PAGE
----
Industrial designer Kevin Chiam has created a 3D-printed wearable air purifier that is deigned to remove air pollution from around the user using a water vapour.
Airtomo is a small clip-on device that can be attached to a bag, pocket or shoe, and comes in a series of bold colours.
Chiam has created a working prototype for Airtomo and is developing concepts for purifiers in ankle and neckband form.
Airtomo works by releasing atomised water vapour into the air. This ultra-fine mist of water droplets binds to particulate matter in the air, forming a heavy aggregate that drops to the ground.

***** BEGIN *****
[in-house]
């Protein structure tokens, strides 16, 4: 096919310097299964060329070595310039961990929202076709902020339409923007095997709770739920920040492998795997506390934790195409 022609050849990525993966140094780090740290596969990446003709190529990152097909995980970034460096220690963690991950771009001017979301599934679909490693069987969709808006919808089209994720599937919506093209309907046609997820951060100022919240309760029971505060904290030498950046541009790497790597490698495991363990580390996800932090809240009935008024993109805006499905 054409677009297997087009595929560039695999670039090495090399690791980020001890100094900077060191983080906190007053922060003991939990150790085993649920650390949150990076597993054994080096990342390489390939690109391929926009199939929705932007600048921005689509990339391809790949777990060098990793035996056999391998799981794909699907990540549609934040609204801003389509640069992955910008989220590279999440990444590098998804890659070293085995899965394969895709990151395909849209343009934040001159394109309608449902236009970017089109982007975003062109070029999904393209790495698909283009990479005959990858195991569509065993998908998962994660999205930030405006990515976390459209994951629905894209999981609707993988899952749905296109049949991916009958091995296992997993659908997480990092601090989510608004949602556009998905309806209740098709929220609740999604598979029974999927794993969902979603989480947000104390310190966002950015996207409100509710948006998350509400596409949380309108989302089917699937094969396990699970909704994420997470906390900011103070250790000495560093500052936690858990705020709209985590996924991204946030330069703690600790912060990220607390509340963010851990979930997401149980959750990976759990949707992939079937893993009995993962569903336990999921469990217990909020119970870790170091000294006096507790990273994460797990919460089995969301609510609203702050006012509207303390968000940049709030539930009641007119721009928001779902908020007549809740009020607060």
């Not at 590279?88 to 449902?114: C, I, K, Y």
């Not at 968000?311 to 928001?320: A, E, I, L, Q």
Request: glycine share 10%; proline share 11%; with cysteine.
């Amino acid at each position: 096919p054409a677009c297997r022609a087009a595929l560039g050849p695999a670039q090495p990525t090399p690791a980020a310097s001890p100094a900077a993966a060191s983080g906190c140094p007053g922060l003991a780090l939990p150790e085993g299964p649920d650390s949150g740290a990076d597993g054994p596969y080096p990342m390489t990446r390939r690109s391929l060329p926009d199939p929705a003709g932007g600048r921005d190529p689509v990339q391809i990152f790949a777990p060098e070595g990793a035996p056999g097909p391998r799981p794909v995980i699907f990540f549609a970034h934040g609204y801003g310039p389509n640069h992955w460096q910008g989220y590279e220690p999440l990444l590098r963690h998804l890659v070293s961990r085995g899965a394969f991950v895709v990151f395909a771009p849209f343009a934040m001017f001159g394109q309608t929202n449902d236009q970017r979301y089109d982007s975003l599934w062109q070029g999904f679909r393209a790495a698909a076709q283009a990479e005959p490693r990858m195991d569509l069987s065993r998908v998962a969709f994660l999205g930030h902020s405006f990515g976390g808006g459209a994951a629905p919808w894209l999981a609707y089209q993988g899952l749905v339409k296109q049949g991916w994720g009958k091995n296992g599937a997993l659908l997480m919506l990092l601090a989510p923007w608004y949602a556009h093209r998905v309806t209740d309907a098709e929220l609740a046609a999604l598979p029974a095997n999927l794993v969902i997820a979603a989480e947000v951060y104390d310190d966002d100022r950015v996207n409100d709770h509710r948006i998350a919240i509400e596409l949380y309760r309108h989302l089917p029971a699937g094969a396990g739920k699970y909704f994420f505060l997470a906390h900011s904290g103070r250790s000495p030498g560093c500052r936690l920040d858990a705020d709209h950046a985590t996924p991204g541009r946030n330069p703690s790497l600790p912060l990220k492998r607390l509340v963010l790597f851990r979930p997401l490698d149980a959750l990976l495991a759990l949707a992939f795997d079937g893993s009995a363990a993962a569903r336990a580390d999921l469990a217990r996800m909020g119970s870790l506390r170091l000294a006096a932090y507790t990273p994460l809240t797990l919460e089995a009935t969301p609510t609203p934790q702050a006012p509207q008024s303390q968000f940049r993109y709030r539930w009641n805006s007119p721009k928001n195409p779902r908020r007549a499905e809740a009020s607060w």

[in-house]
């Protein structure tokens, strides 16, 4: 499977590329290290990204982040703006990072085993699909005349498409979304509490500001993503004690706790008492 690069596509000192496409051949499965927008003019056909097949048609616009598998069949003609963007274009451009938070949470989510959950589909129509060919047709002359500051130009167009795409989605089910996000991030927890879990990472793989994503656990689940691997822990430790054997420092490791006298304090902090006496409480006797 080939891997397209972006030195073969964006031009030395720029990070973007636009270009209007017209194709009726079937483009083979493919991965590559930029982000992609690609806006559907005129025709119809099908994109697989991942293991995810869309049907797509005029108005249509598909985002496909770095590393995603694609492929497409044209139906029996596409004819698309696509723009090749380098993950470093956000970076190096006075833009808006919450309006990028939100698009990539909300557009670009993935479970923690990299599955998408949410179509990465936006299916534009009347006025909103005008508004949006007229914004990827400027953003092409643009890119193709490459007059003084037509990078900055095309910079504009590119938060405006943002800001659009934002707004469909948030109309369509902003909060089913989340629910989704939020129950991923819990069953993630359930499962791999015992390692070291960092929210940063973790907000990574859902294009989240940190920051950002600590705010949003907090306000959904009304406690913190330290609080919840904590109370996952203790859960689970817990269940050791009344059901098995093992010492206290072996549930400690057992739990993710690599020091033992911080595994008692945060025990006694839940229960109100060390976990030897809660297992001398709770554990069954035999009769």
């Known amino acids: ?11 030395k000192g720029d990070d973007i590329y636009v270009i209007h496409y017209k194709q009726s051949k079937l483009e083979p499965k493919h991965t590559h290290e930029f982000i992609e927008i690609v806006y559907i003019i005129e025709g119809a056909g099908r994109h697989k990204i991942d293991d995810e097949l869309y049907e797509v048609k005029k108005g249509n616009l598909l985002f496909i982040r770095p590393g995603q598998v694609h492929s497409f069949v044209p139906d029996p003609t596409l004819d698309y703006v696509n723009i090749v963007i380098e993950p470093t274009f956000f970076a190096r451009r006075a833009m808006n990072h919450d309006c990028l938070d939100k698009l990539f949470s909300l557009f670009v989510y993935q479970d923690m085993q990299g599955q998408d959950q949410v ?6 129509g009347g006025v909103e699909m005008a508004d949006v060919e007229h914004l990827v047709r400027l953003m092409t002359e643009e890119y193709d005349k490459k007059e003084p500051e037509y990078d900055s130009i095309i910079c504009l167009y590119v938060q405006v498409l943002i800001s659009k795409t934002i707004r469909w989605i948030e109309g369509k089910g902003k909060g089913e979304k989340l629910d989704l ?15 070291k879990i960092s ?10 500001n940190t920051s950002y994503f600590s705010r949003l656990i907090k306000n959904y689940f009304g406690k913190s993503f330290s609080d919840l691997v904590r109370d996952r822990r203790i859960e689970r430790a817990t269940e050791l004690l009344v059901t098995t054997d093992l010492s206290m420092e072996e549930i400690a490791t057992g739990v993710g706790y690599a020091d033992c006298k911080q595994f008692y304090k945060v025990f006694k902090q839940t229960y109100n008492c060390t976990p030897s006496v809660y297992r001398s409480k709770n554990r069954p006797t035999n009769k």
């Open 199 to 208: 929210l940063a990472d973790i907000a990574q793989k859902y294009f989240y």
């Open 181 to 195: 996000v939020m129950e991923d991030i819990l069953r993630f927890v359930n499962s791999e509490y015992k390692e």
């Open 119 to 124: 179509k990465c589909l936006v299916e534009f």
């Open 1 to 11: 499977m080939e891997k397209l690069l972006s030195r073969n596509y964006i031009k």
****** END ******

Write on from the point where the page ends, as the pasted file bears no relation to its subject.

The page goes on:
The water vapour is fine enough that it doesn't get the user's clothes damp, explained Chiam, and the pollution particles on the floor can then be swept away.
Designed to be used on the go, Airtomo is charged with a micro-USB cable and can be replenished with water wherever necessary.
Airtomo is made from a combination of 3D-printed parts along with a bespoke circuit boCard, a battery and an ultrasonic transducer disc that atomises the water into fine droplets.
Chiam also plans to make Airtomo modules that can be placed on the walls to improve the air quality.
A small scout module would detect movement from passing commuters using a passive infrared sensor. After receiving this information via WiFi, the main module would release water vapour into the air.